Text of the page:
|Black Rebel Motorcycle Club
by Betsy Ellison
The third album from trio Black Rebel Motorcycle Club might be their strongest release yet. Instead of relying on the straight up rock and roll of their previous albums, Howl relies more on their folk, country, gospel and blues influences. Thatís not to say that their rock and roll ethos has totally gone out the window, and in fact the contrary is true. Howl is a great mixture of the rock and roll sound people have grown accustomed to with BRMC and their influences. "Ainít No Easy Way," the fourth song on the album, sounds almost like it came straight out of the Allman Brothers songbook. Itís strange how a group from California can master genres most identified with the south, but that goes to show how good of a band BRMC really is. There are tinges of the south everywhere: the aforementioned southern rock sound of "Ainít No Easy Way," the straight up blues of "Fault Line," and the gospel of aptly named "Gospel Song."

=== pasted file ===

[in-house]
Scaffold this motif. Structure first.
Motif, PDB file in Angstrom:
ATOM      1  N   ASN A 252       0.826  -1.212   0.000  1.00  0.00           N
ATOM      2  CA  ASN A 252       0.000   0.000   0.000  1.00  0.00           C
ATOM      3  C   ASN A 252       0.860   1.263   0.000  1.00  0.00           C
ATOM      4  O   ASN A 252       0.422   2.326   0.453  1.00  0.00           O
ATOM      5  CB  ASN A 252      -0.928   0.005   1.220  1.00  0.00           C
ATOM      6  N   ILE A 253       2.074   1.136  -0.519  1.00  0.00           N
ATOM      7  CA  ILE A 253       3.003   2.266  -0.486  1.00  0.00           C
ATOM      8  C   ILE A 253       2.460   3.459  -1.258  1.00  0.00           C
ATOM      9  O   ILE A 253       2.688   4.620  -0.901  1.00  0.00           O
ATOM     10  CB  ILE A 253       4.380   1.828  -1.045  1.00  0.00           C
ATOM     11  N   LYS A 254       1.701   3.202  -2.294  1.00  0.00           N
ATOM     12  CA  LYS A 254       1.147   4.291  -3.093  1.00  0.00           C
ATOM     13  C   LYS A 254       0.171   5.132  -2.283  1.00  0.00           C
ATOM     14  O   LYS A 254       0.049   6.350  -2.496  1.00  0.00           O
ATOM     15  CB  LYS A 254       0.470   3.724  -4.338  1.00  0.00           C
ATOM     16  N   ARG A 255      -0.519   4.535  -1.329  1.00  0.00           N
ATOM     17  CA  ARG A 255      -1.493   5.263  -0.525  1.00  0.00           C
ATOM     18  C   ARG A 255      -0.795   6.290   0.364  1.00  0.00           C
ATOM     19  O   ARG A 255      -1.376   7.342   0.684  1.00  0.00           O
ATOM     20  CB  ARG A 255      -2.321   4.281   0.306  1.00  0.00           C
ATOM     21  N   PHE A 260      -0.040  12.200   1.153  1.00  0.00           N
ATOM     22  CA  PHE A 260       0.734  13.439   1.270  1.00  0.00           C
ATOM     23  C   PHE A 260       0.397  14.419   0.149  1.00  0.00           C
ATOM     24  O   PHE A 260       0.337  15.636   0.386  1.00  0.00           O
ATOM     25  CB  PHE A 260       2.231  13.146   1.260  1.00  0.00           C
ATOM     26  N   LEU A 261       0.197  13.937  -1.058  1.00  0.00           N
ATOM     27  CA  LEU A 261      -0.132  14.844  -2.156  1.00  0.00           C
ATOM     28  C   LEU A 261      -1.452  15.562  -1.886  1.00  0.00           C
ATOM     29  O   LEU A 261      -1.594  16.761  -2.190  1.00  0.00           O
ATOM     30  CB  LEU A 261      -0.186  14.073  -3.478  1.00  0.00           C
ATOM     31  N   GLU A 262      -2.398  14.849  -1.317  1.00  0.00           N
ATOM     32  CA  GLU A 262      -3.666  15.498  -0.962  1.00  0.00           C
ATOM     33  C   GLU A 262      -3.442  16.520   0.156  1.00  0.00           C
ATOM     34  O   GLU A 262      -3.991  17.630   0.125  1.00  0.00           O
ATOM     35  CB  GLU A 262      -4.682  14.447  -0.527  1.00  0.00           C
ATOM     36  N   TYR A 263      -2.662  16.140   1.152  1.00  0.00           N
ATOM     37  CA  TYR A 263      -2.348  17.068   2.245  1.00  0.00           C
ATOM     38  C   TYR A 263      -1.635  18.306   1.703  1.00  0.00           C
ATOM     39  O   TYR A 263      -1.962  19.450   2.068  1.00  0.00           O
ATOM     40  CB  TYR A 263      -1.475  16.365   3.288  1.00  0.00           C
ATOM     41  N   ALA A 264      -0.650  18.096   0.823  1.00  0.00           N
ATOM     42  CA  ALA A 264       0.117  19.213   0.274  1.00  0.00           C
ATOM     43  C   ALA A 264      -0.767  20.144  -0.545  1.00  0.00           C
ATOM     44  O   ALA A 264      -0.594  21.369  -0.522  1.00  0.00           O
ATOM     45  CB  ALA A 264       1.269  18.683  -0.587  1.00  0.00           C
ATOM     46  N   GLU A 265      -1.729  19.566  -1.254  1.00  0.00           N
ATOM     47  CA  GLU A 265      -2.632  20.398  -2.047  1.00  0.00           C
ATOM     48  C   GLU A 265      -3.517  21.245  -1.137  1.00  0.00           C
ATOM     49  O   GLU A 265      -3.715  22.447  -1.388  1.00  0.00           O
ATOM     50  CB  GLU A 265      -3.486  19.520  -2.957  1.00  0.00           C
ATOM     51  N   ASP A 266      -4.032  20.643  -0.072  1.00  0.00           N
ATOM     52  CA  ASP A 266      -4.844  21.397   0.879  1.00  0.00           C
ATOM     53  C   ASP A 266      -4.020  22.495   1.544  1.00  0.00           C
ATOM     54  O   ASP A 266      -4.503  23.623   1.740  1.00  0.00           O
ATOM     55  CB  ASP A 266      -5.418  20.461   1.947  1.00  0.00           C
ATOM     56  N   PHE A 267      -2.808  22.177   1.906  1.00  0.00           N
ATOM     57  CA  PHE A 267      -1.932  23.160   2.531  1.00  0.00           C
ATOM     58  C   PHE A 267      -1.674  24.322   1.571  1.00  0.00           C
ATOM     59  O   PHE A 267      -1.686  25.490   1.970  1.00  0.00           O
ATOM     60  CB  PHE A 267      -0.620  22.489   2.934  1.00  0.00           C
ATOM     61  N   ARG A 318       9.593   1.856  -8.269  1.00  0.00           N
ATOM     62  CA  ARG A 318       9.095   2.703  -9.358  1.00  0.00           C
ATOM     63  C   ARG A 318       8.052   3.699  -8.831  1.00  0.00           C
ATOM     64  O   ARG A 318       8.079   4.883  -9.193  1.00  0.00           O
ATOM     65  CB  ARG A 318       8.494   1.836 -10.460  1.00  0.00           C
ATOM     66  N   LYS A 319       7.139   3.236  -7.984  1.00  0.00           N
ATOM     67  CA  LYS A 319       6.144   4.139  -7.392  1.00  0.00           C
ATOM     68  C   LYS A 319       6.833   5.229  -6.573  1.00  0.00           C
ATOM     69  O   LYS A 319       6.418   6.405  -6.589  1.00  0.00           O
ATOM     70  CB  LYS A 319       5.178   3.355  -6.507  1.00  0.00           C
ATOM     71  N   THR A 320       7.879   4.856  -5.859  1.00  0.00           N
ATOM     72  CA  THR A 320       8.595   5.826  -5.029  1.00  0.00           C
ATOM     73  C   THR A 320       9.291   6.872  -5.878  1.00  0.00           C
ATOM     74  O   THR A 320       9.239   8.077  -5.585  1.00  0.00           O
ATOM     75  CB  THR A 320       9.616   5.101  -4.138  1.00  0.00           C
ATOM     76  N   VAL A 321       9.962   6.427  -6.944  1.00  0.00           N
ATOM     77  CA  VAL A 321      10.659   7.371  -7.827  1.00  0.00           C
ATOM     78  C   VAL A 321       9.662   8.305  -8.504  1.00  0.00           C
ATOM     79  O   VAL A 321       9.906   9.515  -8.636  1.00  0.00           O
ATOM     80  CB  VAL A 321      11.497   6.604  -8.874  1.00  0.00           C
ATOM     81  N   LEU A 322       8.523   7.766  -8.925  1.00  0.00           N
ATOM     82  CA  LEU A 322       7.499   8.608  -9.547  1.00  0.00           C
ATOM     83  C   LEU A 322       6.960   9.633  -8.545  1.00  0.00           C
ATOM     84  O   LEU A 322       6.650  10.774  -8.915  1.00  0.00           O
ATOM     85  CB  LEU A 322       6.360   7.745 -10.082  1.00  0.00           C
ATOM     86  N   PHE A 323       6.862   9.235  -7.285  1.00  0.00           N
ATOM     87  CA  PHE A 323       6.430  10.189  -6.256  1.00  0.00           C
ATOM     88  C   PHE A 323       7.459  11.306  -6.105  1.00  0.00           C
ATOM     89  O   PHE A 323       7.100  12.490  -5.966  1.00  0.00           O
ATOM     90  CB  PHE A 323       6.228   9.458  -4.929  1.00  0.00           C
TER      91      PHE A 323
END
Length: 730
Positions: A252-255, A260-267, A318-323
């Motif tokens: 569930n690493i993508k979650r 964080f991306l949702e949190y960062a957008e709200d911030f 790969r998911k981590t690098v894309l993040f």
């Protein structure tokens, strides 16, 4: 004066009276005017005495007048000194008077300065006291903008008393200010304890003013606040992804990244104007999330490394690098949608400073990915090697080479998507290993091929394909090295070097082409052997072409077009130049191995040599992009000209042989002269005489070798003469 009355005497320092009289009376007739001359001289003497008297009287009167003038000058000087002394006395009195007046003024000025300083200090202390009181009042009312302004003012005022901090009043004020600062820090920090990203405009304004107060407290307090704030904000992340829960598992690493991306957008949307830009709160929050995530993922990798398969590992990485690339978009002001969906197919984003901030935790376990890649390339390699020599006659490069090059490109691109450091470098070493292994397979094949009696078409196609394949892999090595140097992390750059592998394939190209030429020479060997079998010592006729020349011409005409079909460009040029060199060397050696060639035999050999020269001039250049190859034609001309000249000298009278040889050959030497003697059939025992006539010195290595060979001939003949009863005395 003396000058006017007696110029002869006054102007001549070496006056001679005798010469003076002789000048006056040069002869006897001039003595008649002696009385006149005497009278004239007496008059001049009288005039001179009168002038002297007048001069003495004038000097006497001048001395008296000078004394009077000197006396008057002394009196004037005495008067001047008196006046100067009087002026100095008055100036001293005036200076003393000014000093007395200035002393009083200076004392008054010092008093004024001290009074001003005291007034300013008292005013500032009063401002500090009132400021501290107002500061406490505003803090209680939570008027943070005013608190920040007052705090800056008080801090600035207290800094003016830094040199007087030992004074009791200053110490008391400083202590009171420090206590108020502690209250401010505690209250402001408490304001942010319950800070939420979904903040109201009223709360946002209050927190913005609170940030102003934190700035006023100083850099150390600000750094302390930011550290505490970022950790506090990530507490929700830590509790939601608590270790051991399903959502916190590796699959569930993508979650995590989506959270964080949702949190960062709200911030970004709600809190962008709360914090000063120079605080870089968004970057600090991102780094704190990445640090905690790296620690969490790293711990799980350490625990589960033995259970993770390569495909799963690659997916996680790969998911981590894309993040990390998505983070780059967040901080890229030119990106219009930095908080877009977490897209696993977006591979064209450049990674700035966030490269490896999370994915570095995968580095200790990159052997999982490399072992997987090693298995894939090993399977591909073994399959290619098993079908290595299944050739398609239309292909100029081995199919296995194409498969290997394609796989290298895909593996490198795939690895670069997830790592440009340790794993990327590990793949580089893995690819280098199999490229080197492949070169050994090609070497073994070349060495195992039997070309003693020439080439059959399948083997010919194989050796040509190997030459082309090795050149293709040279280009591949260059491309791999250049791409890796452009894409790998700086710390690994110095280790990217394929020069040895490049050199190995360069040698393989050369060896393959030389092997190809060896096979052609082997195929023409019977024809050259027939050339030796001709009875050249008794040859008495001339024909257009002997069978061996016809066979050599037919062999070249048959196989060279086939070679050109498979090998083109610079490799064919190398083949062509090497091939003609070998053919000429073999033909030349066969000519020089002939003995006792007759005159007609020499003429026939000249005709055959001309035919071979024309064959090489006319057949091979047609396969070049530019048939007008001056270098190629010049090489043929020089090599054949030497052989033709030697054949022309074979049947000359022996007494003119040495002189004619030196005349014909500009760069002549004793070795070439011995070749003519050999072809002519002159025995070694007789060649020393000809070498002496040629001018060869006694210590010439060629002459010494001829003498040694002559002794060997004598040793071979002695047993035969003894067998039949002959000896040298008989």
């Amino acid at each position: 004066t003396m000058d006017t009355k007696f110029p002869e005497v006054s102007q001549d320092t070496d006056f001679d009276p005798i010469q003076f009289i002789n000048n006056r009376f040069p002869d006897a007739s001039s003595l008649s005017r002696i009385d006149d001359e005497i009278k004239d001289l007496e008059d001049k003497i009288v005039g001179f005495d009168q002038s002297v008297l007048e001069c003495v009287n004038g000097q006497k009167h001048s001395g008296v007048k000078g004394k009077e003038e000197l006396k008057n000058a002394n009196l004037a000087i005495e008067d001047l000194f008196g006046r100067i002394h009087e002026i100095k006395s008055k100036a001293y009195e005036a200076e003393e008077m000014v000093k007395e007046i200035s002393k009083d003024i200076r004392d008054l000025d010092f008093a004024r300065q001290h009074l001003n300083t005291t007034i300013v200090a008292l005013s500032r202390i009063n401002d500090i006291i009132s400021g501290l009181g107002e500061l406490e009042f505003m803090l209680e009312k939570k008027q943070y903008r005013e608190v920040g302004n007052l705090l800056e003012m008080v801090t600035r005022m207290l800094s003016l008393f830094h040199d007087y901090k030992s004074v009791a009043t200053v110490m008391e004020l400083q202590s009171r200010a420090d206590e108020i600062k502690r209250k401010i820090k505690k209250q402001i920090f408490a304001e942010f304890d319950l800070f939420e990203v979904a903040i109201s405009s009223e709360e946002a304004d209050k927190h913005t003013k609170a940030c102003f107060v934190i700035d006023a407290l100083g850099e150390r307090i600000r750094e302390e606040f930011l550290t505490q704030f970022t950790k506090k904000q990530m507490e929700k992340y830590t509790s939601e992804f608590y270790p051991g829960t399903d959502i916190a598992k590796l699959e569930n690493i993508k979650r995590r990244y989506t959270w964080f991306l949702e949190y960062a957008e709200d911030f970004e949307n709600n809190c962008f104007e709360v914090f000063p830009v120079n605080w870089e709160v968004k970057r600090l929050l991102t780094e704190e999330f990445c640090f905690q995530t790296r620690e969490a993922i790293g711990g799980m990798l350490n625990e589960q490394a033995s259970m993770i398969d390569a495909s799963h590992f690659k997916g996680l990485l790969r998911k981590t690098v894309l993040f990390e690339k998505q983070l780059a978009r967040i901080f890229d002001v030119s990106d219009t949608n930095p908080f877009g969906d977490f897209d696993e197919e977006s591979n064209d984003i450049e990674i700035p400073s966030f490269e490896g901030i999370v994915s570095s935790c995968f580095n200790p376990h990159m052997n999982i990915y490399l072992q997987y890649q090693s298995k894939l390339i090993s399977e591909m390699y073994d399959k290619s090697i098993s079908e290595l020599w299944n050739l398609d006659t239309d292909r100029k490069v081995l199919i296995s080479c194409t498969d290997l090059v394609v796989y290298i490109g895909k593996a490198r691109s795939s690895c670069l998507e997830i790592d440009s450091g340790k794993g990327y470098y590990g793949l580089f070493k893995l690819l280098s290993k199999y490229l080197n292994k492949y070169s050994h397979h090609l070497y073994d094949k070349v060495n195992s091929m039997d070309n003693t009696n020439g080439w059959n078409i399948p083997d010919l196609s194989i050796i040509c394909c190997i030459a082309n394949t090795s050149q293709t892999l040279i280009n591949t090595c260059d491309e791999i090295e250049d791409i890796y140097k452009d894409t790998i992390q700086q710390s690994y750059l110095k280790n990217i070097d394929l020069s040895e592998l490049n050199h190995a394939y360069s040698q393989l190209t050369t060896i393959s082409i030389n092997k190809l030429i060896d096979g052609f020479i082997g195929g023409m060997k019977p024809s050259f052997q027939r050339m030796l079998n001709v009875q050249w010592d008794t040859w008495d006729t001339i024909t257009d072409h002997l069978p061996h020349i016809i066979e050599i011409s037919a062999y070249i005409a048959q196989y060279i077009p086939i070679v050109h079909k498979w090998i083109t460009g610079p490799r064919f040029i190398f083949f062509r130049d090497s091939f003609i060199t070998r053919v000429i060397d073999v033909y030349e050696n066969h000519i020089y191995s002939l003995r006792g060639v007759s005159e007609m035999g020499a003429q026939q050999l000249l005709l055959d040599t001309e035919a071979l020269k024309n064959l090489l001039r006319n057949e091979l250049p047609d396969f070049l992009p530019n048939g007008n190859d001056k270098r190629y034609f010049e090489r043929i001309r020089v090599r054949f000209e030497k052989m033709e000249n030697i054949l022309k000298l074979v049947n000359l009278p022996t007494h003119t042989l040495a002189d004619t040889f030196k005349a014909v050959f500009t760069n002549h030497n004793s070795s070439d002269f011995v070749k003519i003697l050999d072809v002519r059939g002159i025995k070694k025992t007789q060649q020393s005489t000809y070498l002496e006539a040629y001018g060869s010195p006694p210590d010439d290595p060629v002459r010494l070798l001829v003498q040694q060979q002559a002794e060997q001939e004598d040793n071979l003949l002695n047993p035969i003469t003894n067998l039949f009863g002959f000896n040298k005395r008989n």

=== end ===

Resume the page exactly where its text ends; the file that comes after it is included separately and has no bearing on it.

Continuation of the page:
Not every song on Howl is a winner, though. "Promise," the seventh song on the album, is boring and nearly unlistenable. The final song, "The Line," drags on for a while before making way for the hidden song, "Open Invitation," which is much better. It ends the album on a positive note, similar to those so prevalent throughout.